Five years ago, Anurag Purwar, a Research Associate Professor in the Department of Mechanical Engineering at Stony Brook University, received a request to fashion a medical device to help the mobility of a friend and retired physician suffering from the debilitating effects of post-polio syndrome. The physician had a walker, but unless another person was around to help, he couldn't raise himself out of a chair to use it.
After conducting some preliminary research, Professor Purwar was surprised to learn that there were no devices on the market that fit those with this particular need. "Today, in the United States, there are more than two million people over the age of 64 who find it difficult to rise from a chair without assistance," says Professor Purwar. "Biomechanically, sitting and standing involve complex movements that require muscle strength greater than other activities of daily life."
Utilizing his machine design background, Professor Purwar came up with a solution with the help of his student Thomas Galeotafiore and others — a portable, compact, multifunctional mobility assist device that helps a person with standing, sitting, and walking independently with support only from the device. The device, resembling a walker but with support bars, a pelvic harness, and novel linkage controlled by the user with a remote, is designed to mimic the natural standing motion of a human body. "The most obvious advantage of the device is that it gives the opportunity for more independence," Purwar says. "It can also help protect patients and caregivers from accidental falls and back injuries."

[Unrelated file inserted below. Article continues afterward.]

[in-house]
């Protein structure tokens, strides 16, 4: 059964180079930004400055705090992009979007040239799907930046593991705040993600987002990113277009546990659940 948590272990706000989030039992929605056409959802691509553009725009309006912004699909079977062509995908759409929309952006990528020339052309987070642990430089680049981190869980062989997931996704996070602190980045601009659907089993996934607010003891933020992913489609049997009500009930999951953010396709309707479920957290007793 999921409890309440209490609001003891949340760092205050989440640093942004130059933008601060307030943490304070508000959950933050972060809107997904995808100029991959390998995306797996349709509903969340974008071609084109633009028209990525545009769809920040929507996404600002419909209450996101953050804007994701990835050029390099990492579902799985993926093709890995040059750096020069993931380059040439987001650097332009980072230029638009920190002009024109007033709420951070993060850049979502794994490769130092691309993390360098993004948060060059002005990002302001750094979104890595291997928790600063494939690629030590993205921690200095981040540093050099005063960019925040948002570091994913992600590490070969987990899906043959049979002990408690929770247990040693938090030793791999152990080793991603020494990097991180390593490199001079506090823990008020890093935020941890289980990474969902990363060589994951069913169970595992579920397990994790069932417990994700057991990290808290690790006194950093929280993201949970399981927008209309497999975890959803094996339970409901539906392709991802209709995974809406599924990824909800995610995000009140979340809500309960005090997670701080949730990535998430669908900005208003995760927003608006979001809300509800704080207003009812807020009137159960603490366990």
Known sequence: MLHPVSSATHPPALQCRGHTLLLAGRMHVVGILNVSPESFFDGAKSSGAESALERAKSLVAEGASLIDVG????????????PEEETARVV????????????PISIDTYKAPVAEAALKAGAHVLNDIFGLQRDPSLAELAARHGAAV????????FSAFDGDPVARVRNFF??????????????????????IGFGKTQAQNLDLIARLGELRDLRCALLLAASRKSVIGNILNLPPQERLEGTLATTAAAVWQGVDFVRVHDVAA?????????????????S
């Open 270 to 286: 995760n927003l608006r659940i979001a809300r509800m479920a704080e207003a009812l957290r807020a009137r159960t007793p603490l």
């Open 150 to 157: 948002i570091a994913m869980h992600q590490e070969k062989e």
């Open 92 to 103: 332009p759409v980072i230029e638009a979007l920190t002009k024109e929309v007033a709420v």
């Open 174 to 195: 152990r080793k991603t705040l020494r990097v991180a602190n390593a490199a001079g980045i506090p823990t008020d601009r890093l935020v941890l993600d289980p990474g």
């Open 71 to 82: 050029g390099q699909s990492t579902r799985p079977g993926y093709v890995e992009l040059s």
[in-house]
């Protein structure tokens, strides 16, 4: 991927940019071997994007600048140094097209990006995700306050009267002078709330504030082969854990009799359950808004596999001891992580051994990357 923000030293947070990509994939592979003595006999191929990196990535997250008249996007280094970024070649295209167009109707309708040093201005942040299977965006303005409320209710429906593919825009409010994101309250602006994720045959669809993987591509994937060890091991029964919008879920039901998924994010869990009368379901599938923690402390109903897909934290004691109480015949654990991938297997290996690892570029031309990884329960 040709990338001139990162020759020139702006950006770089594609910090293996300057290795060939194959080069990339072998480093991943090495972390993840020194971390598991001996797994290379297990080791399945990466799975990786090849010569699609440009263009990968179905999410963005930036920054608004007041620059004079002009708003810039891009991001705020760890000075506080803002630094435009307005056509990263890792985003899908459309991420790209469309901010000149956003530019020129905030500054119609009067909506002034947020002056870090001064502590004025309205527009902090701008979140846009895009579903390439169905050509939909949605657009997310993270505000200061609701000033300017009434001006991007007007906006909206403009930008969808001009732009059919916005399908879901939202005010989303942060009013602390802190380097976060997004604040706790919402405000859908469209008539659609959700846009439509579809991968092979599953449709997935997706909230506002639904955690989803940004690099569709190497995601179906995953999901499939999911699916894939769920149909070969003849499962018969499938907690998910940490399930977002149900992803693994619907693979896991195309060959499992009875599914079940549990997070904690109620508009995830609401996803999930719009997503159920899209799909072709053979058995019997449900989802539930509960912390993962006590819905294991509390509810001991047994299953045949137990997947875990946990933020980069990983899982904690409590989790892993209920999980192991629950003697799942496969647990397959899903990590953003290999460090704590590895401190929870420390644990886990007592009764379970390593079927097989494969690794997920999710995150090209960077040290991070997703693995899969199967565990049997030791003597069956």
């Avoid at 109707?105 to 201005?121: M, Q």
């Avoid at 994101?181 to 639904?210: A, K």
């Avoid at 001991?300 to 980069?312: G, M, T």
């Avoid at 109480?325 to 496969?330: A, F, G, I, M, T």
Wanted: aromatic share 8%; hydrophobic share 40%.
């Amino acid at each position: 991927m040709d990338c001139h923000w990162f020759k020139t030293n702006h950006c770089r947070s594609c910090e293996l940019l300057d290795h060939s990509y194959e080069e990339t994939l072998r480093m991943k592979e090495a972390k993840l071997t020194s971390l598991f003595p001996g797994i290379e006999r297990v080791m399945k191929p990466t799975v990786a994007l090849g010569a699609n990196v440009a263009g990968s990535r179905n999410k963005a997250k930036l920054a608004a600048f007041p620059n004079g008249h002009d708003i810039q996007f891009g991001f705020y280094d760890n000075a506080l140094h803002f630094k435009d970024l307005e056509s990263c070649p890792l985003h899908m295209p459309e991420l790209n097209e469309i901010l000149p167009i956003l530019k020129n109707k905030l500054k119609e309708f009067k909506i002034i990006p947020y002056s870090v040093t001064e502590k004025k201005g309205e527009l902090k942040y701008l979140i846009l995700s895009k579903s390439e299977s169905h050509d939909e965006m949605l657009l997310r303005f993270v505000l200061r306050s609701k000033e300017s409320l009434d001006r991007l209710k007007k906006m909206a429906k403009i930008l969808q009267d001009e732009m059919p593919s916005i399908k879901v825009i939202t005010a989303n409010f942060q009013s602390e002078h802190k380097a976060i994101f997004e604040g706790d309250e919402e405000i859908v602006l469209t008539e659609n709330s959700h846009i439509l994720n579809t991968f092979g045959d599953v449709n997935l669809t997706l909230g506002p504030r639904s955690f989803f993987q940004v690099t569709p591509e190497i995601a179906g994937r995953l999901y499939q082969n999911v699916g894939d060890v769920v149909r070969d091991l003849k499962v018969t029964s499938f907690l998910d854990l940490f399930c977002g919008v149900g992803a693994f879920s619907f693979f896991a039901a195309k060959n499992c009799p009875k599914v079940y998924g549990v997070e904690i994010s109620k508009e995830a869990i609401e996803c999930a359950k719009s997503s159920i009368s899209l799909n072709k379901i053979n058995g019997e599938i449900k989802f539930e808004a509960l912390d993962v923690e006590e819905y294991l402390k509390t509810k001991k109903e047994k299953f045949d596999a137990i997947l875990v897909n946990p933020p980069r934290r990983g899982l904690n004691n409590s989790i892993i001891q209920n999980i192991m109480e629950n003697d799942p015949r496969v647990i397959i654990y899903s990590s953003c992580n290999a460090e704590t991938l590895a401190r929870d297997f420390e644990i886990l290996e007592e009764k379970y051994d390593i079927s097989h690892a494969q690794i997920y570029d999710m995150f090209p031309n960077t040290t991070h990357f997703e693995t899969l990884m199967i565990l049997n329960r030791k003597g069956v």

The SUNY Research Foundation has funded the next stage of development with a $50,000 Technology Accelerator Fund award, one of only six awarded for 2012. The Strategic Partnership for Industrial Resurgence program at Stony Brook University and the Center for Biotechnology at Stony Brook University have also pledged additional support.
"We are pleased to help facilitate this collaboration and provide additional support that will help bring this device to market," says Diane Fabel, Director of Operations at the Center for Biotechnology at Stony Brook. "It is a win-win situation for everyone involved but especially for patients and the local economy."
Professor Purwar plans to continue testing it in real-life settings with the elderly, disabled veterans, and caregivers and hopes a final prototype will be commercialized within the next two years. He is working with Biodex Medical Systems in Shirley, N.Y., as a potential commercialization partner.
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